Read Why Europe?: The Rise of the West in World History, 1500-1850 by Jack A. Goldstone Free Online
Book Title: Why Europe?: The Rise of the West in World History, 1500-1850|
The author of the book: Jack A. Goldstone
ISBN 13: 9780072848014
Edition: McGraw-Hill Higher Education
Date of issue: June 17th 2008
Format files: PDF
The size of the: 16.70 MB
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Part of McGraw-Hill's Explorations in World History series, this brief and accessible volume explores one of the biggest questions of recent historical debate: how among all of Eurasia's interconnected centers of power, it was Europe that came to dominate much of the world. Author Jack Goldstone presents the argument as it stands in light of up-to-date research so that readers can come to understand the technological and economic inequalities between Europe and the rest of the world came to be and decide for themselves where the driving forces behind this phenomenon are taking us.
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Read information about the authorJack A. Goldstone is an American sociologist and political scientist, specializing in studies of social movements, revolutions, and international politics. He is an author or editor of 13 books and over 140 research articles. He is recognized as one of the leading authorities on the study of revolutions and long-term social change. His work has made foundational contributions to the fields of cliodynamics, economic history and political demography. He was the first scholar to describe in detail and document the long-term cyclical relationship between global population cycles and cycles of political rebellion and revolution. He was also a core member of the “California school” in world history, which replaced the standard view of a dynamic West and stagnant East with a ‘late divergence’ model in which Eastern and Western civilizations underwent similar political and economic cycles until the 18th century, when Europe achieved the technical breakthroughs of industrialization. He is also one of the founding fathers of the emerging field of political demography, studying the impact of local, regional, and global population trends on international security and national politics.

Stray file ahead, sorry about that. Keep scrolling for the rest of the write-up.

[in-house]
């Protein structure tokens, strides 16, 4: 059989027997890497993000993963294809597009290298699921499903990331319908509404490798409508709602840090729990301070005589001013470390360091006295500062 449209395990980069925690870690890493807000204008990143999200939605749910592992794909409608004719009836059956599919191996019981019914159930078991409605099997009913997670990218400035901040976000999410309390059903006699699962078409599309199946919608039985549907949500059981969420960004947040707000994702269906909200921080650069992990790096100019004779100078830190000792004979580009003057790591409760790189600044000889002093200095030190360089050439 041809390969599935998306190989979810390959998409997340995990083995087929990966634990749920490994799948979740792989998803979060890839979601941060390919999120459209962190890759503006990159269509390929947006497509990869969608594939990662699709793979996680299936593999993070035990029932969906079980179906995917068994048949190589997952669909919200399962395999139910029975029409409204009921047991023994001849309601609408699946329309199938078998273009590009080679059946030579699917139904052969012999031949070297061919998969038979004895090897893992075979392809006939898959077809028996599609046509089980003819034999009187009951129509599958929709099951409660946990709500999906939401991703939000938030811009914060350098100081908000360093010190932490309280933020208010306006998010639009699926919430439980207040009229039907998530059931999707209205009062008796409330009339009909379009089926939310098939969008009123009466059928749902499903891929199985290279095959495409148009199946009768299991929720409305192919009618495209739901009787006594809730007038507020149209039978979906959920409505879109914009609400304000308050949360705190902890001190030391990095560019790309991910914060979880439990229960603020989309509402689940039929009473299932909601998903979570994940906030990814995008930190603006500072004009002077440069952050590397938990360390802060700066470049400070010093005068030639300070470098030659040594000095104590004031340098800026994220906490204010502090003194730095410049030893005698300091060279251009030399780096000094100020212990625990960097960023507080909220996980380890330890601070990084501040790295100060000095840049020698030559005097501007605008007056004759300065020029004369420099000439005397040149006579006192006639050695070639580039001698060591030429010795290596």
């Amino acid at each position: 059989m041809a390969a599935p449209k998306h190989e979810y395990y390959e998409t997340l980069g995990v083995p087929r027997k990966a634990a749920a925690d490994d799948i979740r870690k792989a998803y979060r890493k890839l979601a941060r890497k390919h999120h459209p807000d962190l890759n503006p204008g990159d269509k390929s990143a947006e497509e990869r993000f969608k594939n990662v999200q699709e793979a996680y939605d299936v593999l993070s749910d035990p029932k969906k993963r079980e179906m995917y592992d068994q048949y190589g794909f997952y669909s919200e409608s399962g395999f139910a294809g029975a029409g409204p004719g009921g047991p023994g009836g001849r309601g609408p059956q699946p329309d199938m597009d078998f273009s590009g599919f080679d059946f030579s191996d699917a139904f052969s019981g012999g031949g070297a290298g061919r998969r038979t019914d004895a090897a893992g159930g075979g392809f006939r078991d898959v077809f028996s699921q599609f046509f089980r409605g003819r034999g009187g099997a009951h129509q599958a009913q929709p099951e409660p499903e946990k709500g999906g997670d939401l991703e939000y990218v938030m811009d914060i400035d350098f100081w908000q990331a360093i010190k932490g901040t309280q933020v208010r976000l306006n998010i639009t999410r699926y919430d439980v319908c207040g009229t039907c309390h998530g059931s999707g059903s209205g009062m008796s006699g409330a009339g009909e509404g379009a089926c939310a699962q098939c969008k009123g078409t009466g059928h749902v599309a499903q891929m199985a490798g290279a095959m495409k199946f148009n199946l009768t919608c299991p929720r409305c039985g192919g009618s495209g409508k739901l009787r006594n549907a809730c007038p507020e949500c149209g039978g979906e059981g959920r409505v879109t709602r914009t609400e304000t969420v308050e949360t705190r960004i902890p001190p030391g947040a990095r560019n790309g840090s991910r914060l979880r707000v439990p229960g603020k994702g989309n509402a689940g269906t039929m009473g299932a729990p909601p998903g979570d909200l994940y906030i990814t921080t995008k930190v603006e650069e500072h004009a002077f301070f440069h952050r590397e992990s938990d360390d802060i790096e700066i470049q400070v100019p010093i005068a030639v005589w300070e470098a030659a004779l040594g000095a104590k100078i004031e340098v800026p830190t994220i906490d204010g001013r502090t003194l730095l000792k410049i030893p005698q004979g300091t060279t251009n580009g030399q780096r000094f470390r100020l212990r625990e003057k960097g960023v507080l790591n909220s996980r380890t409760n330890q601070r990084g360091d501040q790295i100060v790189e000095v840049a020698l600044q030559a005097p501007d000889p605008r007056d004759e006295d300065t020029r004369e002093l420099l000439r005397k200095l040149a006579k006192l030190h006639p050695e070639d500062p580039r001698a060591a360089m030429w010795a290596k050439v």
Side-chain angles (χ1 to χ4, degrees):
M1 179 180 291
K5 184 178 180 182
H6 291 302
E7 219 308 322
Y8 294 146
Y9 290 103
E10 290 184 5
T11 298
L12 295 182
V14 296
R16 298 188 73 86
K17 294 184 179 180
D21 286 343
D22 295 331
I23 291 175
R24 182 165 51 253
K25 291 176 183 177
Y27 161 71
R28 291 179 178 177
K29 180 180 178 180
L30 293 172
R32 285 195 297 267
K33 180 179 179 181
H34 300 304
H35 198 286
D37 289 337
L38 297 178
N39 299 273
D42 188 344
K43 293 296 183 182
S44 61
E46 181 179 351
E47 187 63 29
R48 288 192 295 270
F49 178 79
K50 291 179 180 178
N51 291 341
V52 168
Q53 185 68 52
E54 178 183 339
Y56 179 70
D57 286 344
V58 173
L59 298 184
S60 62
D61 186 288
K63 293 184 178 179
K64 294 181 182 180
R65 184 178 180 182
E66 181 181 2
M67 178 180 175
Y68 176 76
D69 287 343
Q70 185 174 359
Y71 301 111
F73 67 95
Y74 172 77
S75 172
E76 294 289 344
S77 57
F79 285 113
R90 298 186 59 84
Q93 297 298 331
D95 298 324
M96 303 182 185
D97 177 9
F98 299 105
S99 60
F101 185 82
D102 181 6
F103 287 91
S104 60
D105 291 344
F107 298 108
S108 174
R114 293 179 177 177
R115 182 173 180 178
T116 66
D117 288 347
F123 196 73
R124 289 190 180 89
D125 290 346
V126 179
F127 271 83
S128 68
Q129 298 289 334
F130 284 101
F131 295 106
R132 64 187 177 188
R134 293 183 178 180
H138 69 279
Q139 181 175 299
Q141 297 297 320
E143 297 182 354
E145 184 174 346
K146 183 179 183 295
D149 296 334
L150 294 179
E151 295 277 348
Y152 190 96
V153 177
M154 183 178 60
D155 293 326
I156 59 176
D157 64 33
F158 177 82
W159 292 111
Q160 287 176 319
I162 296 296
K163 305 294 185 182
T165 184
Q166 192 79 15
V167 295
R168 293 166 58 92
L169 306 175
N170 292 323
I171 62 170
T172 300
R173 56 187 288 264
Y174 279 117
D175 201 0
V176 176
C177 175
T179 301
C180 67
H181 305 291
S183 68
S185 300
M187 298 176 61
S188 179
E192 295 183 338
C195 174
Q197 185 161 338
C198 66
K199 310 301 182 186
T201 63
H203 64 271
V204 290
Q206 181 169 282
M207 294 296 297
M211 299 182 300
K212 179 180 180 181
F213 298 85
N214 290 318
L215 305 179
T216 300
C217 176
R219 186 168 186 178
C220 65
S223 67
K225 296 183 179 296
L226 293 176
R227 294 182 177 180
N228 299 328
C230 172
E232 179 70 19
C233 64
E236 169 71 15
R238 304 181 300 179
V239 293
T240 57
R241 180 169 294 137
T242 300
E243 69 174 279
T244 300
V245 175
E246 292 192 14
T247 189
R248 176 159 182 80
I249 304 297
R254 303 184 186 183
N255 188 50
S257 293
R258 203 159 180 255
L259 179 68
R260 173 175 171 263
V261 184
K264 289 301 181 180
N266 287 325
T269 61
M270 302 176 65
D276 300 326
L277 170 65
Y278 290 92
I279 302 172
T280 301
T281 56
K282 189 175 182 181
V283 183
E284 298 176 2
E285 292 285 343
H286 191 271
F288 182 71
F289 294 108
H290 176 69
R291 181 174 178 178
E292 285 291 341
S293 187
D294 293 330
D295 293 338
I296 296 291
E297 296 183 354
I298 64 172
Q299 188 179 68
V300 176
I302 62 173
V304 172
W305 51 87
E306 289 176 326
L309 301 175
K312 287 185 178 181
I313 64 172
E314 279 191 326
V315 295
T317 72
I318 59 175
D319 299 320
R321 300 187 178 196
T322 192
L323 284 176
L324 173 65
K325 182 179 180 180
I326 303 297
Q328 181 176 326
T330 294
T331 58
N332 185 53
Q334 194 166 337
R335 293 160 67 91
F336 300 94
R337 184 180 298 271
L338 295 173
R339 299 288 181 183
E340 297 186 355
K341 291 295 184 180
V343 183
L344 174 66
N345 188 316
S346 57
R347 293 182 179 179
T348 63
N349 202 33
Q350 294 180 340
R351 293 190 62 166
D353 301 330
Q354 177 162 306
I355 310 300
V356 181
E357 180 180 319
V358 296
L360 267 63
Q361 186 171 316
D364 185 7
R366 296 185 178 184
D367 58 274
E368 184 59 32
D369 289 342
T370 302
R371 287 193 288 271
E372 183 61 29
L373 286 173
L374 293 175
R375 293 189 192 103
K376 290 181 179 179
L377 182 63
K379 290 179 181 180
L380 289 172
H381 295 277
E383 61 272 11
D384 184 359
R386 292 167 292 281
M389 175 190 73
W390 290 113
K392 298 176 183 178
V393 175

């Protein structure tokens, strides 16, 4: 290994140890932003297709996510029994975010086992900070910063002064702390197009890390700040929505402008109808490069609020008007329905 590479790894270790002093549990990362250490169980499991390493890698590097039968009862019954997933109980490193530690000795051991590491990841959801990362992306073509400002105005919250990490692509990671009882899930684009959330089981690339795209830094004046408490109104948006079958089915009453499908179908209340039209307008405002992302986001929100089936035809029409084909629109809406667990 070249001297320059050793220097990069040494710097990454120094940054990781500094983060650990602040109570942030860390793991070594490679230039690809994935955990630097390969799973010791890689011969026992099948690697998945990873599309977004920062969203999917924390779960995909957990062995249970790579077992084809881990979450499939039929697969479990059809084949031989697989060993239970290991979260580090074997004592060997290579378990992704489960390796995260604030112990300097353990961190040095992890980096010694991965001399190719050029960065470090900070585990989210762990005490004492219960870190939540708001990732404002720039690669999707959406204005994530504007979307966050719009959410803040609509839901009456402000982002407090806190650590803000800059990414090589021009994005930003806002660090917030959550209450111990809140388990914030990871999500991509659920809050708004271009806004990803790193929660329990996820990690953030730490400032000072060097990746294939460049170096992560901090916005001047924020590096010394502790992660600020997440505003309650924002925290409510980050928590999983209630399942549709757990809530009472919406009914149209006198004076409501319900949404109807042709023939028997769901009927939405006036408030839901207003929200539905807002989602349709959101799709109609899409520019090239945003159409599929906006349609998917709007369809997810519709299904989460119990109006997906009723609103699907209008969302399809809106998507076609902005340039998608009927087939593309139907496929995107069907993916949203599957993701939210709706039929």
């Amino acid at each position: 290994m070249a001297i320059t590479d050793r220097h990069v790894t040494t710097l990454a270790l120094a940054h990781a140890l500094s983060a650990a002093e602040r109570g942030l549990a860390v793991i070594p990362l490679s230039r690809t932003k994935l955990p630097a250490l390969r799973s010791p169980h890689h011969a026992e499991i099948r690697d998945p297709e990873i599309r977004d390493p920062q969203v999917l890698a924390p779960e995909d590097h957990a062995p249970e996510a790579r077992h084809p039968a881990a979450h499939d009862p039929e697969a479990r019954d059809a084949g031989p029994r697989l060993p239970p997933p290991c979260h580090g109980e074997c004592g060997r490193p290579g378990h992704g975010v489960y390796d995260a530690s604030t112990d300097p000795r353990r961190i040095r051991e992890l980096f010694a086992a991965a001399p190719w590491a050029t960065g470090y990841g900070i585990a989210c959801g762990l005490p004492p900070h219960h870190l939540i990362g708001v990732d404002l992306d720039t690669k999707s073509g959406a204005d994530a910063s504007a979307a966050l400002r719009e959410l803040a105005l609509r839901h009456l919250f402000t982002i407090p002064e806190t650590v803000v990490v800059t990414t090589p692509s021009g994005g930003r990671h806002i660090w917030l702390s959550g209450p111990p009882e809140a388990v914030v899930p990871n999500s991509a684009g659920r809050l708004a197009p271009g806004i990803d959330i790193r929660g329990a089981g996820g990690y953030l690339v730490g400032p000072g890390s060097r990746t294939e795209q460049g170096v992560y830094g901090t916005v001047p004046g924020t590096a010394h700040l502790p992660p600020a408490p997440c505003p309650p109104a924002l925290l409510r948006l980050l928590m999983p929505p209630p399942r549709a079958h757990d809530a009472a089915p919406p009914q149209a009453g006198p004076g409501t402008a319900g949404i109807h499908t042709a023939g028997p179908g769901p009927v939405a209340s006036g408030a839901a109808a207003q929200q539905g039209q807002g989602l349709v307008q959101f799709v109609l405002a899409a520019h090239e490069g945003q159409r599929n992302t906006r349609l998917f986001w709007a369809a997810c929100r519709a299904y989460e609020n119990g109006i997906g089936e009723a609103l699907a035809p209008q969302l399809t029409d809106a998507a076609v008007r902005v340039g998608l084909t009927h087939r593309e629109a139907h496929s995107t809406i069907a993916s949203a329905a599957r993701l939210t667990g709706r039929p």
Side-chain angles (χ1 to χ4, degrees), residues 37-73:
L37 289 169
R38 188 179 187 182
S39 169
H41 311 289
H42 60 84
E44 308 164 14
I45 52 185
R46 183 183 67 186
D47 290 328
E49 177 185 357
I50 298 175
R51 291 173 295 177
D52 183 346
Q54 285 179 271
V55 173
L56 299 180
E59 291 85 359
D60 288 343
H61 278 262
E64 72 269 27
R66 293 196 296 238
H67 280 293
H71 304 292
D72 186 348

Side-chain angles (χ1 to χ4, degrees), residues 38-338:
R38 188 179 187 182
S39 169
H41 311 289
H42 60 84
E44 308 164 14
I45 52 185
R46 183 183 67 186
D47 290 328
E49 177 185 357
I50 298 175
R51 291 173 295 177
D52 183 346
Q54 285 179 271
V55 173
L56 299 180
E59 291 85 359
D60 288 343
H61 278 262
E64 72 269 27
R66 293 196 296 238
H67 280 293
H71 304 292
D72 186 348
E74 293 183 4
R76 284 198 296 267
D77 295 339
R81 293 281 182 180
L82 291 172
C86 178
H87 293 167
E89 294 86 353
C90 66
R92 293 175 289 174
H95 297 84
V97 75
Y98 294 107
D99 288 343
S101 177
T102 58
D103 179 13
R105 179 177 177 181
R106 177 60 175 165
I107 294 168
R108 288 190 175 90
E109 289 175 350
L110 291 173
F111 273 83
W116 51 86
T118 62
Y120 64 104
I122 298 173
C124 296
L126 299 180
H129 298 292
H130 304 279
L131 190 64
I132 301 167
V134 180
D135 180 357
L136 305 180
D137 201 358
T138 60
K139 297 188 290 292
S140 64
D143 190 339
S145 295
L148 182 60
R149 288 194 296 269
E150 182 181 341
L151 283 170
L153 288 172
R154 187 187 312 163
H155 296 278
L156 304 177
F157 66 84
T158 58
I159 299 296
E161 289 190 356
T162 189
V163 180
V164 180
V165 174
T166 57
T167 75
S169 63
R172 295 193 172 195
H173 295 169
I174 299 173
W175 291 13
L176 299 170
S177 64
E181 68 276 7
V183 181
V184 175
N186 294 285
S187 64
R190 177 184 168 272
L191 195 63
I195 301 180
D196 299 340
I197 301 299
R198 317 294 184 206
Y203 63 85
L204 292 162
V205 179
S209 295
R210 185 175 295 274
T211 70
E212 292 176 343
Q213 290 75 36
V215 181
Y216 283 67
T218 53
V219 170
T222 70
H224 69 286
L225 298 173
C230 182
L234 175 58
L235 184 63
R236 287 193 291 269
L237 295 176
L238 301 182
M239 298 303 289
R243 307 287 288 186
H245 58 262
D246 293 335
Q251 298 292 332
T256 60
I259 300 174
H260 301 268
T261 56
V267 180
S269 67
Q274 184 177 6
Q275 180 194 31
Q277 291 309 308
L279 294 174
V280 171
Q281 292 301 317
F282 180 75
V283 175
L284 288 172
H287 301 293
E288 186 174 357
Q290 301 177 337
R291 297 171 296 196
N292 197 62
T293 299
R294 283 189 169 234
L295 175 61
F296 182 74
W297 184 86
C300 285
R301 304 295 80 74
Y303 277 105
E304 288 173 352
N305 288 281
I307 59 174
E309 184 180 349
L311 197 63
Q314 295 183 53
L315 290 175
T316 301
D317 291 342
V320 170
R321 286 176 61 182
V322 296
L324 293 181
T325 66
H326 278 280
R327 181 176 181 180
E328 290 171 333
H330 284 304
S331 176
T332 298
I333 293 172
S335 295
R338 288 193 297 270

Goldstone is currently the Virginia E. and John T. Hazel, Jr. Professor in the School of Public Policy at George Mason University. He has also worked as a consultant of the US government, for example, serving as chair of the National Research Council's evaluation of USAID Democracy Assistance Programs. He is also a non-resident Senior Fellow at the Brookings Institution, and Director of the Research Laboratory in Political Demography and Macrosocial Dynamics at the Russian Presidential Academy of National Economy and Public Administration in Moscow.
His academic awards include the American Sociological Association Distinguished Scholarly Publication Award, for 'Revolution and Rebellion in the Early Modern World,' the Arnaldo Momigliano Award of the Historical Society, and seven awards for 'best article' in the fields of Comparative/Historical Sociology, Political Sociology, Social Theory, and Collective Behavior and Social Movements. He has won fellowships from the Council of Learned Societies, the U.S. Institute of Peace, the MacArthur Foundation, the Australian Research School of Social Sciences, the Canadian Institute for Advanced Research, the Center for Advanced Study in the Behavioral Sciences, and is an elected member of the Council on Foreign Affairs and the Sociological Research Association. He has been the Richard Holbrooke Visiting Lecturer at the American Academy in Berlin, the Crayborough Lecturer at Leiden University, and a Phi Beta Kappa National Visiting Scholar.